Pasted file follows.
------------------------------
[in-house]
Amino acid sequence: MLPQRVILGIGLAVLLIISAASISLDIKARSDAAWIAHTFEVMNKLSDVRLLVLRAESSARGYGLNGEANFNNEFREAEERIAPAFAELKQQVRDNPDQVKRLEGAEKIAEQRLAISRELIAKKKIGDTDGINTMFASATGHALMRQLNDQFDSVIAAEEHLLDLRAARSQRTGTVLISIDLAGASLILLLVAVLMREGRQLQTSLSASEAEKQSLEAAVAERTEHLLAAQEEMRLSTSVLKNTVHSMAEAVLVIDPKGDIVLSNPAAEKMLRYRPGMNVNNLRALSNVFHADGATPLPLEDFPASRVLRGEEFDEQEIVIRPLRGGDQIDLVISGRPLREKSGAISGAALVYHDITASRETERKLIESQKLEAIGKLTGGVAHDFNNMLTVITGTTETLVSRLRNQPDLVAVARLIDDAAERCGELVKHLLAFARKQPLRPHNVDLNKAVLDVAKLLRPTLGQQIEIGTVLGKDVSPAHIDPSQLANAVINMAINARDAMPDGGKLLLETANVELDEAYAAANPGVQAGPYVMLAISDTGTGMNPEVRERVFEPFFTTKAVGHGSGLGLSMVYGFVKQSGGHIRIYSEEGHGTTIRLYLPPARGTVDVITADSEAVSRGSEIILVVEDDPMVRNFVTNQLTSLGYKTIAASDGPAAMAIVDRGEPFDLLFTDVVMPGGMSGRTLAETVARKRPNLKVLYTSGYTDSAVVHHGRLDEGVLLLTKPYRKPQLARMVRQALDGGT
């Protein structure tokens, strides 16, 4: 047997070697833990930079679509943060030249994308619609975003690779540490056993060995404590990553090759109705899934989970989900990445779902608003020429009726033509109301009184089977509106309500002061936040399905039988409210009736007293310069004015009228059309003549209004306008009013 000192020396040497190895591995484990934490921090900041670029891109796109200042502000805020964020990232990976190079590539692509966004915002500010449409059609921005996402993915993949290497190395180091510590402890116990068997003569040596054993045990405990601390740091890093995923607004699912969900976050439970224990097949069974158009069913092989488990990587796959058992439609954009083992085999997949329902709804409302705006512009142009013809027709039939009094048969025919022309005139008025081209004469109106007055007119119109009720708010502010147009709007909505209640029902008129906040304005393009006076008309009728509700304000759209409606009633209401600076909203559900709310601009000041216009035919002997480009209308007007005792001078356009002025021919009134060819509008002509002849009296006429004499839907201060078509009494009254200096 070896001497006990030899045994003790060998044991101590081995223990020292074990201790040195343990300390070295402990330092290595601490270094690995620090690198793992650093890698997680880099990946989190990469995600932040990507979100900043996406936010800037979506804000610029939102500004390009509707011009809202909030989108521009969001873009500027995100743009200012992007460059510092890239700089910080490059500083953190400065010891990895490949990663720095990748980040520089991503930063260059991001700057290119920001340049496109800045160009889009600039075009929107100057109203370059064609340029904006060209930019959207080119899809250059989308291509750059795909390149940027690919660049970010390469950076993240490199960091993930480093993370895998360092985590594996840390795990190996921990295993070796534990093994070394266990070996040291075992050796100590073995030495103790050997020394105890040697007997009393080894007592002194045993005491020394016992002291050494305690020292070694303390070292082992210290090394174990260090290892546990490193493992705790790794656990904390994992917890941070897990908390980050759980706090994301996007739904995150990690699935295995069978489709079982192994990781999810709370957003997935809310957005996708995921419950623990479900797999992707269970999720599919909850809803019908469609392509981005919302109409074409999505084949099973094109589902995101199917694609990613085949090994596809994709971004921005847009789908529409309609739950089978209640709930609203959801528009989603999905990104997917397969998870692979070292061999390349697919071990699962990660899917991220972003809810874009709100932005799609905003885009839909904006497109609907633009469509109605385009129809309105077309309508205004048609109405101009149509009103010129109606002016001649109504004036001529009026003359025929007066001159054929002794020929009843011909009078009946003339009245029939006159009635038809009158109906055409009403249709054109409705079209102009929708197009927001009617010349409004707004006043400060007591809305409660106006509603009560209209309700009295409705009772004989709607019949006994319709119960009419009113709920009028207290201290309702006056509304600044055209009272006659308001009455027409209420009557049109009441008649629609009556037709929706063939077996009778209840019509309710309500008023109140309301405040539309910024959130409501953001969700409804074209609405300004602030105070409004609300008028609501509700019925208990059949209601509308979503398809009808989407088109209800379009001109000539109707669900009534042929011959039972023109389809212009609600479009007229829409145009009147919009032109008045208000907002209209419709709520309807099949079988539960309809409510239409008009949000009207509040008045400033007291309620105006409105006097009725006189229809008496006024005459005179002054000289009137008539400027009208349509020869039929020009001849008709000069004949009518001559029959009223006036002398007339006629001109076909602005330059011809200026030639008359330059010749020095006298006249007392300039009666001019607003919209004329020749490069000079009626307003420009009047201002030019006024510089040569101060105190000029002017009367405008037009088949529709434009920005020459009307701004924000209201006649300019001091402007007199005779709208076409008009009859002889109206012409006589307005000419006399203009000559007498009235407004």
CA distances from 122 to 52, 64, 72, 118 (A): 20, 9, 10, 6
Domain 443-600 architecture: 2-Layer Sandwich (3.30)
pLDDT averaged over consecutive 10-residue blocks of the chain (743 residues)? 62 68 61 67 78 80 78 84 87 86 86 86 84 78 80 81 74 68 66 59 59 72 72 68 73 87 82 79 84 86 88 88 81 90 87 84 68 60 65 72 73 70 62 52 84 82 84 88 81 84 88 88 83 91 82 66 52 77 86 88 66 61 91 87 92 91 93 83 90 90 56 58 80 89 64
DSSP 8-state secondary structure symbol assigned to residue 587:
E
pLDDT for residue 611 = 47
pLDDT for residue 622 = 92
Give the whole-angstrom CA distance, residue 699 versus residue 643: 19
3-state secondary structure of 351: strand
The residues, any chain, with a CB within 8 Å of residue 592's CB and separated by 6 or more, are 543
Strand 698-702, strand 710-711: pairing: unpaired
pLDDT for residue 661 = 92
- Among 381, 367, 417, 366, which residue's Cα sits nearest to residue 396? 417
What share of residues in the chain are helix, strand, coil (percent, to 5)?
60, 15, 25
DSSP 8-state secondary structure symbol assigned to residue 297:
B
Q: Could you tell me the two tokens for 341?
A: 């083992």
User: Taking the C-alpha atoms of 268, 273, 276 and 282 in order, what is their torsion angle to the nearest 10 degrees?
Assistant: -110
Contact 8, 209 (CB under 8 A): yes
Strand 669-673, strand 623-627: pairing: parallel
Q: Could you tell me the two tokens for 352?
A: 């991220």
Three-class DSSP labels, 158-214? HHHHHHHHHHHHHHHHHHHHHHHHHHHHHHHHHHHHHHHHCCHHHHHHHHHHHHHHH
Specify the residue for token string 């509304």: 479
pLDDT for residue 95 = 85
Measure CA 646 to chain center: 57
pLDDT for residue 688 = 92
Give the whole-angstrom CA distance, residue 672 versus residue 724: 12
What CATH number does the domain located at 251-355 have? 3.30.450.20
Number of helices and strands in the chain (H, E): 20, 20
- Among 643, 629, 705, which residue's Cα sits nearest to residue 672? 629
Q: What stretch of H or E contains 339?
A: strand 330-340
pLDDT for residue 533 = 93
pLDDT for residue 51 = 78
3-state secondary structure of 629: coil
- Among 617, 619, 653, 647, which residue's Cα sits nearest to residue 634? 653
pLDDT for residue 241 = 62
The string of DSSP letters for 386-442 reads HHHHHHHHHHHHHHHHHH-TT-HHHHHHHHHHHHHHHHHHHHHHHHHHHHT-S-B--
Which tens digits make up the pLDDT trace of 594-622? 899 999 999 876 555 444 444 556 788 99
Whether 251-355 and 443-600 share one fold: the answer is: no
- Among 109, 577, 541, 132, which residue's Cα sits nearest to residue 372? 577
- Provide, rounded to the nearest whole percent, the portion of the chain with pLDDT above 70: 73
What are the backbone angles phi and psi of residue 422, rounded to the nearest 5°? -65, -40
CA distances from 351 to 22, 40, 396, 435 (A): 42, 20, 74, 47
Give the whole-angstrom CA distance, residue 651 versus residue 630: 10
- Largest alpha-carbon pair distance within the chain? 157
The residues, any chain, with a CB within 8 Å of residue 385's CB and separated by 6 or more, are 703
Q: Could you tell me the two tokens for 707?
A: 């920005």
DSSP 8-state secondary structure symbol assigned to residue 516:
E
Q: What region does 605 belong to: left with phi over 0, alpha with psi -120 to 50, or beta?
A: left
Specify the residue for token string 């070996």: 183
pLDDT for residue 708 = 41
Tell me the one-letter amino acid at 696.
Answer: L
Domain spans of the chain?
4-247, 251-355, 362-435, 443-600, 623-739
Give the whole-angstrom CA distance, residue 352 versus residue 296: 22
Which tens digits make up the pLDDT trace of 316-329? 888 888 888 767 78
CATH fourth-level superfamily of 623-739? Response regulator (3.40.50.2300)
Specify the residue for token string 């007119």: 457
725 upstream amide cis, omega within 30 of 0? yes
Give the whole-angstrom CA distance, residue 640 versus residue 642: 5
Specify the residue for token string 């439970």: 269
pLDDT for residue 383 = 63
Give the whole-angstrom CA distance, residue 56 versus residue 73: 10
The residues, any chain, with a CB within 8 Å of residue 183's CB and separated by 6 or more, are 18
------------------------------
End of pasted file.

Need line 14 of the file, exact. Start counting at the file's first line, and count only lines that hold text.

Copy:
Strand 698-702, strand 710-711: pairing: unpaired